Discuss these things with me.   How can all the “good Christian” activities be enfolded into our lives without our becoming unfaithful to our life’s responsibilities? Where can it begin for someone sensing Christ’s call to be more authentic in their faith? If you have found success in this, share your strategies, and patterns. If you struggle, share what gets in your way, and accept suggestions from others who have traveled that same path before you.

Blessings, Pastor Tim

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For Whom do our Lives bring glory?

For a while now, I have had some thoughts floating around, that only occasionally rise to the surface.  Like a trout on a sleepy mountain stream, their timing, intensity and duration have been unpredictable and often unremarkable.   It seems these thoughts  brewing in my mind have recently been turned up to a simmer. Nothing scary or drastic, but certainly disruptive to the tranquility of the past.

This change is due to things I have been reading (and in some cases re-reading) lately: A.W. Tozer (The Pursuit of God), C.S. Lewis (Screwtape Letters, Mere Christianity), Alan Hirsch (5Q, The Forgotten Ways), Dietrich Bonhoeffer (Cost of Discipleship), and others.  The commonalities I have found, point to a jarring message of warning to us “the church,” and in particular to us it’s leaders.

For the next few posts I am going to invite you to join me as I ponder some of the thoughts I have been considering in a bit more detail. I covet your input and comments as we journey along together.

We’ll begin here: Romans 11:33–36 (NIV) Oh, the depth of the riches of the wisdom and knowledge of God! How unsearchable his judgments, and his paths beyond tracing out! 34 “Who has known the mind of the Lord? Or who has been his counselor?” 35 “Who has ever given to God, that God should repay them?” 36 For from him and through him and for him are all things. To him be the glory forever! Amen.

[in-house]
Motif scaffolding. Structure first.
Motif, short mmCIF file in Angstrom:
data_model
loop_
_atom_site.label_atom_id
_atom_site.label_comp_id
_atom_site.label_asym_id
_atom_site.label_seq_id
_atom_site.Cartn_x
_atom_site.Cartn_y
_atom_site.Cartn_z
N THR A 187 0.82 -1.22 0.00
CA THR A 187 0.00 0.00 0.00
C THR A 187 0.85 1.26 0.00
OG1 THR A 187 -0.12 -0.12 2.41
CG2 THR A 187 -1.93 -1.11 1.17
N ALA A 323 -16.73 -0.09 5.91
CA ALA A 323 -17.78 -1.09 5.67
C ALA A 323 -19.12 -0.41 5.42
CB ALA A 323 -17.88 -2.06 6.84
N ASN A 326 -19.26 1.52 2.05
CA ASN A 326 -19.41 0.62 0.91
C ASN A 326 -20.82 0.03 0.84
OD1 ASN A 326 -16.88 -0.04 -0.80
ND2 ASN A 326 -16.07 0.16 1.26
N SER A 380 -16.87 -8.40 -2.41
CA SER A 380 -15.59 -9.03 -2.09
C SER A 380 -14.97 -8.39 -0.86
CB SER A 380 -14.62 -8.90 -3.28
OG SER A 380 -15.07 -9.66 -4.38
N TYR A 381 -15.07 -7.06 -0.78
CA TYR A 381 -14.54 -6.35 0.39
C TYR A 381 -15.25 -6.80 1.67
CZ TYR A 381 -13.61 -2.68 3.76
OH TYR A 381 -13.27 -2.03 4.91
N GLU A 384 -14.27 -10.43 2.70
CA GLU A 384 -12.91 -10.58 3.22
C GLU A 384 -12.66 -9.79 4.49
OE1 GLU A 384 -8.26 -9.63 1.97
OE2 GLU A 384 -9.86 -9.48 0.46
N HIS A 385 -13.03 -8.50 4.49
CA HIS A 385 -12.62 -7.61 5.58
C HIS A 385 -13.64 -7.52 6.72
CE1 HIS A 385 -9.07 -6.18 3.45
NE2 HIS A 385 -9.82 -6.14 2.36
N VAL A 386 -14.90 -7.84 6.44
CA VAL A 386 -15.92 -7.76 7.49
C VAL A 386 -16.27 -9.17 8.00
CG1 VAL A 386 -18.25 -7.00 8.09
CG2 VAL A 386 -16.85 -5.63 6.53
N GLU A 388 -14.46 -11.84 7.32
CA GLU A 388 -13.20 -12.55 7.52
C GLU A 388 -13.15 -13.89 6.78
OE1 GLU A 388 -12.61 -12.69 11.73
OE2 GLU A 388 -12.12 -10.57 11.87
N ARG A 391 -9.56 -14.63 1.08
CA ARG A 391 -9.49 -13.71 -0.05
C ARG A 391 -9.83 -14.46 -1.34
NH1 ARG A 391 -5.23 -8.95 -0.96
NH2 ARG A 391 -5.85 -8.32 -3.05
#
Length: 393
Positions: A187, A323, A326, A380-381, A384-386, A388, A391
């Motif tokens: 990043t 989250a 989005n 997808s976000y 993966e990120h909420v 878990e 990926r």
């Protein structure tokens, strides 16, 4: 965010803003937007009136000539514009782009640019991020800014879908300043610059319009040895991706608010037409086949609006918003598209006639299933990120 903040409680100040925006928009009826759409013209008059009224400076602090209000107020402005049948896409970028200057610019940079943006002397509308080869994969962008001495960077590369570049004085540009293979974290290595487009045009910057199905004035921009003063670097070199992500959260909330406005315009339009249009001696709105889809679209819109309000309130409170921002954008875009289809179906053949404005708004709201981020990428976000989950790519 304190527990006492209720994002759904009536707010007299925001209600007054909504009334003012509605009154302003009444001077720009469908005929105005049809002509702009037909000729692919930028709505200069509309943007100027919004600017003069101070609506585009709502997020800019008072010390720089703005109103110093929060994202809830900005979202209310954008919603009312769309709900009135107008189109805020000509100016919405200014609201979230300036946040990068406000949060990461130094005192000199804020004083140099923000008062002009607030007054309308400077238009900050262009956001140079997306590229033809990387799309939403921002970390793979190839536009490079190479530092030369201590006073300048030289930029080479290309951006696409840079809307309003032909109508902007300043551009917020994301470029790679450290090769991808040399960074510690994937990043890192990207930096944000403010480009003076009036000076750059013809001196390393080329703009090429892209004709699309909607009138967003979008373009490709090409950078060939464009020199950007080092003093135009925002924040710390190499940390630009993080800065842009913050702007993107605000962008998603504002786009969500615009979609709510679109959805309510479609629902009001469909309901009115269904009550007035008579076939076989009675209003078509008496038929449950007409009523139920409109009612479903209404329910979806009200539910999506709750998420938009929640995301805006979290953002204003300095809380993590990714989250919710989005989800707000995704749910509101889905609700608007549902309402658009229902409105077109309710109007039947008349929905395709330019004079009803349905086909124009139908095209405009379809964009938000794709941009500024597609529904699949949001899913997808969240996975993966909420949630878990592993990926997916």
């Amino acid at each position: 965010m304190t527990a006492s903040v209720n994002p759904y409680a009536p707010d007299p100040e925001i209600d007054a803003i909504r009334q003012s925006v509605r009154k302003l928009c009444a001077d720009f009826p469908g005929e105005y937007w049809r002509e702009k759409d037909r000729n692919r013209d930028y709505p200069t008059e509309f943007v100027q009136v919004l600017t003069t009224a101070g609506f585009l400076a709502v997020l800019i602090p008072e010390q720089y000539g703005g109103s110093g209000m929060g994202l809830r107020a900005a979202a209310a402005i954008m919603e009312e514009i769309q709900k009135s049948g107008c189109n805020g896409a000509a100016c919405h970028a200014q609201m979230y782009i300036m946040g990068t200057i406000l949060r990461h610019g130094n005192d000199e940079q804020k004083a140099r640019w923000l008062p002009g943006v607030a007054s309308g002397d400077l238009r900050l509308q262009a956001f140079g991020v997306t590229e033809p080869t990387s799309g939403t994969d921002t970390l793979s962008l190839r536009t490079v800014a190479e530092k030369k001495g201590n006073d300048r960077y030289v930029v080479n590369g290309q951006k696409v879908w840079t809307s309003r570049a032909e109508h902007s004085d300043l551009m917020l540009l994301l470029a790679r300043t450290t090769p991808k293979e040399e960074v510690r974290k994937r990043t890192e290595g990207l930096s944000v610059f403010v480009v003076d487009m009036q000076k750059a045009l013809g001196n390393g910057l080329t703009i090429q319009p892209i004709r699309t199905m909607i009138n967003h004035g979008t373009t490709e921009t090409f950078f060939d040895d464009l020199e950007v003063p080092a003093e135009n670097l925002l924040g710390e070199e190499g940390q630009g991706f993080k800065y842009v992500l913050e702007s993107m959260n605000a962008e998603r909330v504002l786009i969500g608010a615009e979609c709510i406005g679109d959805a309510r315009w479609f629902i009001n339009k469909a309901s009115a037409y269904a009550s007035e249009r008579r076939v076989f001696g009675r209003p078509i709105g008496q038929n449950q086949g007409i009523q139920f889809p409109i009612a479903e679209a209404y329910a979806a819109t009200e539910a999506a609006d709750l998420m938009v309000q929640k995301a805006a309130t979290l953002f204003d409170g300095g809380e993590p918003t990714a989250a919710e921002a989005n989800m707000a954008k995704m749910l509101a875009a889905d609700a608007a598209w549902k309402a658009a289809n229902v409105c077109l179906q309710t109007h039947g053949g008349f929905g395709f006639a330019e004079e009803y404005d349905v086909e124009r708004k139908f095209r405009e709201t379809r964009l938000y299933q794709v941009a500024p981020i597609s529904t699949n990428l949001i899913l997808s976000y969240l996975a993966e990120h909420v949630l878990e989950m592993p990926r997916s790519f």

From Him; through Him; for Him …are ALL things.   In your life, in your church, in your business, in your family, are All things… All His and forever for His glory?

We live in a world where the church we grew up in has accepted a dualism that coyly slithered in among us hundreds of years ago.   We sat up churches, temples, cathedrals, and meeting houses to give us “sacred spaces,” specifically for the worship of God.  These spaces have been broadly called “sanctuaries,” implying that they are places which are safe, set-apart, and separate from the rest of the world we are forced to live in.  This “two-worlds Christianity” is a far cry from the one we read about in The New Testament, and has given many permission to exclude some life decisions from Biblical influence.

Today, that dualism has led many to believe that an idealized Christianity of Sunday, has no lasting power over our lives Monday through Saturday.  There is a belief that what we “must do” to retain our jobs (no matter how morally compromising or disruptive to our sharing with church family) takes precedence over what would fit our stated faith. The thought that life’s schedules and demands, family expectations, and job requirements are acceptable as distractions from living our faith as we ‘know we should and wish we could,’ has made our churches, families, and lives lukewarm.

T.S. Eliot wrote: The greatest proof of Christianity for others is not how far a man can logically analyze his reasons for believing, but how far in practice he will stake his life on his belief.

What would change in your world if you decided to purge your life this week of all distractions from your faith?  What if you strategically, thoughtfully, and sacramentally dedicated All things to God?  How would your schedule change if you sanctified (chose to glorify God) with every moment of your day? This doesn’t mean becoming a Monk/Nun, it simply means bringing the sacred life from Sunday into every moment at work, at home, and at play so God is infused (not excused) from life all week.

Share: What if…? What if everything you did, everyplace you went, and everything you read, or watched, or listened to, were all done for His Glory?   What would this look like for you? How would it change your life? What might it jeopardize? How would it affect your relationship with God?  Where could one start?

As always, please give this a like, & a share.  Mostly share with us your thoughts.              Blessings,  Pastor Tim

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Leadership begins at Home

I have often written that leadership is a topic for more than the boardrooms of America. We suffer from a lack of leadership all around, including our churches (my professional workspace), as well as in our homes.